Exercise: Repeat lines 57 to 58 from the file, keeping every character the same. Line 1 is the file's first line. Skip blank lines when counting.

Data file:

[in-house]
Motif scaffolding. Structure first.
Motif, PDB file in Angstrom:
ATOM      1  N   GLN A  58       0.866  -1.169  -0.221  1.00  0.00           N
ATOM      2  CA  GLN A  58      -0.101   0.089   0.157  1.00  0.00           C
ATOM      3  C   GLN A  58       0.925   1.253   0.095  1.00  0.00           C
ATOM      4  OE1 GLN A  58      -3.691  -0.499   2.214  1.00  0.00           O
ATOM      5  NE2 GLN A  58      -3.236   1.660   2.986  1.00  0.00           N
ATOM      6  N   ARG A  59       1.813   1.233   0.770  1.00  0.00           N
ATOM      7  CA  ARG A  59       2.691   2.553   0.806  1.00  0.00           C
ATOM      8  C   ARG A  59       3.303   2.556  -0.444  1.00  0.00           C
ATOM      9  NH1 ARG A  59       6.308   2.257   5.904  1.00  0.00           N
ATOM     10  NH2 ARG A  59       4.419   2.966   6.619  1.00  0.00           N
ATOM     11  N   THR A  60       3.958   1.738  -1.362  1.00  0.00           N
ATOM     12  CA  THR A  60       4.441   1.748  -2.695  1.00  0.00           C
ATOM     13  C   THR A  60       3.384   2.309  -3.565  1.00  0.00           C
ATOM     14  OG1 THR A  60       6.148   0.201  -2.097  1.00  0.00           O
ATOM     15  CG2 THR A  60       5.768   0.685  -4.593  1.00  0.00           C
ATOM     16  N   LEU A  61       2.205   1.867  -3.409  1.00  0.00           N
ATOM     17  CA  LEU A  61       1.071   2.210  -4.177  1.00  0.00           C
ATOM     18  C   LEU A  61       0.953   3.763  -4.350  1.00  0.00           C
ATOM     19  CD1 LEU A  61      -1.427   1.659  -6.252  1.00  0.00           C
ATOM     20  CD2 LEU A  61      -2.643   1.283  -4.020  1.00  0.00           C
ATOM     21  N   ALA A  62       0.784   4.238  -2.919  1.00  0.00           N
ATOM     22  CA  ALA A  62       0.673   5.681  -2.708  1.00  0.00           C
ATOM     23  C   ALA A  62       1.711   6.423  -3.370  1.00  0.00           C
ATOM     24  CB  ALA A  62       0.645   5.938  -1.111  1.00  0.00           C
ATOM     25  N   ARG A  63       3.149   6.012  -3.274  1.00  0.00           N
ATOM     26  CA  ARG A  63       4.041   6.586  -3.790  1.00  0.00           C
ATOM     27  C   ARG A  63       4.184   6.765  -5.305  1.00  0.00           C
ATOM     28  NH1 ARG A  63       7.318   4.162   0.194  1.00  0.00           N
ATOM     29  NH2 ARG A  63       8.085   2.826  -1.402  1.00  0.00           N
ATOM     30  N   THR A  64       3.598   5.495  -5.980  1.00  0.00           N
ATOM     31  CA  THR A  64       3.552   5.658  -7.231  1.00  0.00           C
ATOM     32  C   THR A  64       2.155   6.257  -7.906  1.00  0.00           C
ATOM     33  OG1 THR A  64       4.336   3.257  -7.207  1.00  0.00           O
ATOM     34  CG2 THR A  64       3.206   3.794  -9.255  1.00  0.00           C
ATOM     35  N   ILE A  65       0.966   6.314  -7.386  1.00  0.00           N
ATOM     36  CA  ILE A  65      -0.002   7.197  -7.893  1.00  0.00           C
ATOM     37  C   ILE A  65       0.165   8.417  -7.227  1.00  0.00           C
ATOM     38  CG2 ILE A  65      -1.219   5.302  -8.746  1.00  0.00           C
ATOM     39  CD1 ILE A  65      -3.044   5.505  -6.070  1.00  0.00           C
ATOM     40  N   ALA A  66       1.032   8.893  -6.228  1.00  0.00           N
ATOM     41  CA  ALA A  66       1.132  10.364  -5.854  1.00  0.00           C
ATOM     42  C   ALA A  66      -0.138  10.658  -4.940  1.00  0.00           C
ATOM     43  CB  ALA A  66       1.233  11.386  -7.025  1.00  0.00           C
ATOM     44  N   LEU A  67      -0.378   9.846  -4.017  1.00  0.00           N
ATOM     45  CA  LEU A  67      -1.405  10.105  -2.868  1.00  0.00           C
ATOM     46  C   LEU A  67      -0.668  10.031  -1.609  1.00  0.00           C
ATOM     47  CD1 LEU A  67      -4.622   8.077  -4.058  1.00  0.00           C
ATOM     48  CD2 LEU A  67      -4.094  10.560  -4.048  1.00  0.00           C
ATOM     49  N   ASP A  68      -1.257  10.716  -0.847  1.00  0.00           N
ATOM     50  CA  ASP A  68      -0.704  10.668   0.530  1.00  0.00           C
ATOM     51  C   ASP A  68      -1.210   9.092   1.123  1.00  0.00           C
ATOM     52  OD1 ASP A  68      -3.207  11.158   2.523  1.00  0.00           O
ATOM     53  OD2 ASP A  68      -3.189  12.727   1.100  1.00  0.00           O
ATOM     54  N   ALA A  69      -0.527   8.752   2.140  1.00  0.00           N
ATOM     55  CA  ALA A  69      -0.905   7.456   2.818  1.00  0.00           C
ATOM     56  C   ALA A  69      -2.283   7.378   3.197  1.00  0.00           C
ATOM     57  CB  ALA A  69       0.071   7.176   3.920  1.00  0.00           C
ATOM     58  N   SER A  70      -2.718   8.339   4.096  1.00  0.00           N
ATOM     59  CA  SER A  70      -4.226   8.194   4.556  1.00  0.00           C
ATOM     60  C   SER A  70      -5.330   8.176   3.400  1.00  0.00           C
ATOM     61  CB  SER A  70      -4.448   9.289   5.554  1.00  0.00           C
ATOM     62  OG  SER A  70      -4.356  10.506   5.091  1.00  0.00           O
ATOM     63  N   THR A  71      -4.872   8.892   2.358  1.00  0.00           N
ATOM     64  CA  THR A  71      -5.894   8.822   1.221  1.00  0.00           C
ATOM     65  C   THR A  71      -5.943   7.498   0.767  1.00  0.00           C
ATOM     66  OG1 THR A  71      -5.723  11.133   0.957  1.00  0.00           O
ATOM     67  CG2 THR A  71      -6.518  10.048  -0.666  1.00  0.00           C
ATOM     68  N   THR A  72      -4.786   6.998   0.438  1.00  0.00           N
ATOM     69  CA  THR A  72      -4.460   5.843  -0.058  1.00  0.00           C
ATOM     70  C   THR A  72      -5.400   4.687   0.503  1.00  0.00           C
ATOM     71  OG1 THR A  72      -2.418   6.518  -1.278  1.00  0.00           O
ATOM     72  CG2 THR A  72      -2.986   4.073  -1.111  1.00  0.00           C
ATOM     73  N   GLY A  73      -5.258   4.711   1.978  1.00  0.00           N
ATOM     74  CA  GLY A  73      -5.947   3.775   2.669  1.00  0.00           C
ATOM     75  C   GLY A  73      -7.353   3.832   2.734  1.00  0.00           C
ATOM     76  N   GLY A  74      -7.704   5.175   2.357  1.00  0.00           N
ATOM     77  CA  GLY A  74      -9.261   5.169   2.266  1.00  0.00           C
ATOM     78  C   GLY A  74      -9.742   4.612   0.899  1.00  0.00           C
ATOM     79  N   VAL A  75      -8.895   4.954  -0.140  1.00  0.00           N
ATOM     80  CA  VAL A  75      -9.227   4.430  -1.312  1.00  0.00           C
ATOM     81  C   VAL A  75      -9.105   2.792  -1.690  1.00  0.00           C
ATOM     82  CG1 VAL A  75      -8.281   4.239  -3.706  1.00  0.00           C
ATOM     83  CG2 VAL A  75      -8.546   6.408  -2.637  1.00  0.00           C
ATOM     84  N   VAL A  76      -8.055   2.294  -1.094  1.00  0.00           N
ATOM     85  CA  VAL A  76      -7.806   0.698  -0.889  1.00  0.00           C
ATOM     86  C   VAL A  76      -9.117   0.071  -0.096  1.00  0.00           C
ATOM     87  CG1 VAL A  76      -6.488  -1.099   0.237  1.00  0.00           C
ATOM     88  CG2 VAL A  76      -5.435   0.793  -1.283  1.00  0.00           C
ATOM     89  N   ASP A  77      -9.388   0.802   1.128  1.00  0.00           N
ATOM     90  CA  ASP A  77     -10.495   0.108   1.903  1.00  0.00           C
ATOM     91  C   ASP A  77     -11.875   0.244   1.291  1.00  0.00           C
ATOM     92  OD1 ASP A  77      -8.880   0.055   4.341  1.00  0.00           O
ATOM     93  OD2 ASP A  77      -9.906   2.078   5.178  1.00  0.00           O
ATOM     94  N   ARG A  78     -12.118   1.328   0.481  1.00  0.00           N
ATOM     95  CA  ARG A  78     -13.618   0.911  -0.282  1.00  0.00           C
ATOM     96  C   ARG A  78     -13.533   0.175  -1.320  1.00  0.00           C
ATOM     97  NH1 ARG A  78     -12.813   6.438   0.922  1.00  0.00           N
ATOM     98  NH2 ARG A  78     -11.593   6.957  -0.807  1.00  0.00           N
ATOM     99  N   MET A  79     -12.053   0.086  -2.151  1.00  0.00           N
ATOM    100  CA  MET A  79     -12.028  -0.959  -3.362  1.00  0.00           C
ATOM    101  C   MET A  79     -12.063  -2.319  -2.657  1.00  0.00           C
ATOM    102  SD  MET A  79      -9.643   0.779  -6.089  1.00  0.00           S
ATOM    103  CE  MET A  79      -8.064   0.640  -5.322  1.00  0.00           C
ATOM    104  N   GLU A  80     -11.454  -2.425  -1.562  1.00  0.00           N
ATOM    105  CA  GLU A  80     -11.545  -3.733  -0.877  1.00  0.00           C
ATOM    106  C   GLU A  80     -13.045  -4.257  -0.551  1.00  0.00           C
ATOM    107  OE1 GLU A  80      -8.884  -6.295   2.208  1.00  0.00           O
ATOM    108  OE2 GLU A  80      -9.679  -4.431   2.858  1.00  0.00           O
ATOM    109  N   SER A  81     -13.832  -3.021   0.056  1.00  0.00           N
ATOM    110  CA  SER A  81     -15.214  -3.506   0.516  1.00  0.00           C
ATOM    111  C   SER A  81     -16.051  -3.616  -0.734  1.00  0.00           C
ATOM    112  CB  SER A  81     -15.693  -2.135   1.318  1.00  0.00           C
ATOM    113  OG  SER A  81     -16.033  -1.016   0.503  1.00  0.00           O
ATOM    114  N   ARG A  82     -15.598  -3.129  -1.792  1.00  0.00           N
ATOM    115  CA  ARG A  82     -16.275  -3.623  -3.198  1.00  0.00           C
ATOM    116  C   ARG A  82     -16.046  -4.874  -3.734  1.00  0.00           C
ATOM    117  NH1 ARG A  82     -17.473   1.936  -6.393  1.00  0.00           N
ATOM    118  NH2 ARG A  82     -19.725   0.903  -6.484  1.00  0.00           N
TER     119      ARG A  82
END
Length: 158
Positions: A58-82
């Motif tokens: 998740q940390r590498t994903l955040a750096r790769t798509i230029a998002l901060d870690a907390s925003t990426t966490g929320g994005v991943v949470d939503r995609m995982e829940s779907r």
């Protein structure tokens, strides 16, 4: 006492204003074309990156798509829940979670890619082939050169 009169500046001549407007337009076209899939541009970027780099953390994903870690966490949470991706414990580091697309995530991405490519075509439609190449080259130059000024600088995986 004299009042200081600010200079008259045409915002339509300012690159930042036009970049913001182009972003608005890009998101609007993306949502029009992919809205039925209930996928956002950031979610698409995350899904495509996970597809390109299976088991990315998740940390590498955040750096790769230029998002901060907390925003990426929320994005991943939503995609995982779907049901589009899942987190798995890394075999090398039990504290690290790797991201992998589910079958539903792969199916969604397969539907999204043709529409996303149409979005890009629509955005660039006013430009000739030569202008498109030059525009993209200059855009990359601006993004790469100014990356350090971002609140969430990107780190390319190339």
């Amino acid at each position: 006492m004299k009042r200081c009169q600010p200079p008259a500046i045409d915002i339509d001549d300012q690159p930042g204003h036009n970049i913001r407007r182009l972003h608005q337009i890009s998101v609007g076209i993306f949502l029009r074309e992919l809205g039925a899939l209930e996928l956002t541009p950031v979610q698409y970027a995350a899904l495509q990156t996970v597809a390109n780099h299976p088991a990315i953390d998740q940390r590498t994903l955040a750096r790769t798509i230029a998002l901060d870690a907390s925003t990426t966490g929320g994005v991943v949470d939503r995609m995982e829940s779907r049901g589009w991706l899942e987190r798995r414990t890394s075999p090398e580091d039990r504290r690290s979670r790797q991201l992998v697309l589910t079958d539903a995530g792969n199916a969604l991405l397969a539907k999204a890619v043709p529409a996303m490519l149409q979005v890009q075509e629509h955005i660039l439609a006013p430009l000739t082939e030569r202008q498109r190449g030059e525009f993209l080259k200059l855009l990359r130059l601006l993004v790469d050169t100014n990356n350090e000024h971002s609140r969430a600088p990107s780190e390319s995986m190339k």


ATOM     54  N   ALA A  69      -0.527   8.752   2.140  1.00  0.00           N
ATOM     55  CA  ALA A  69      -0.905   7.456   2.818  1.00  0.00           C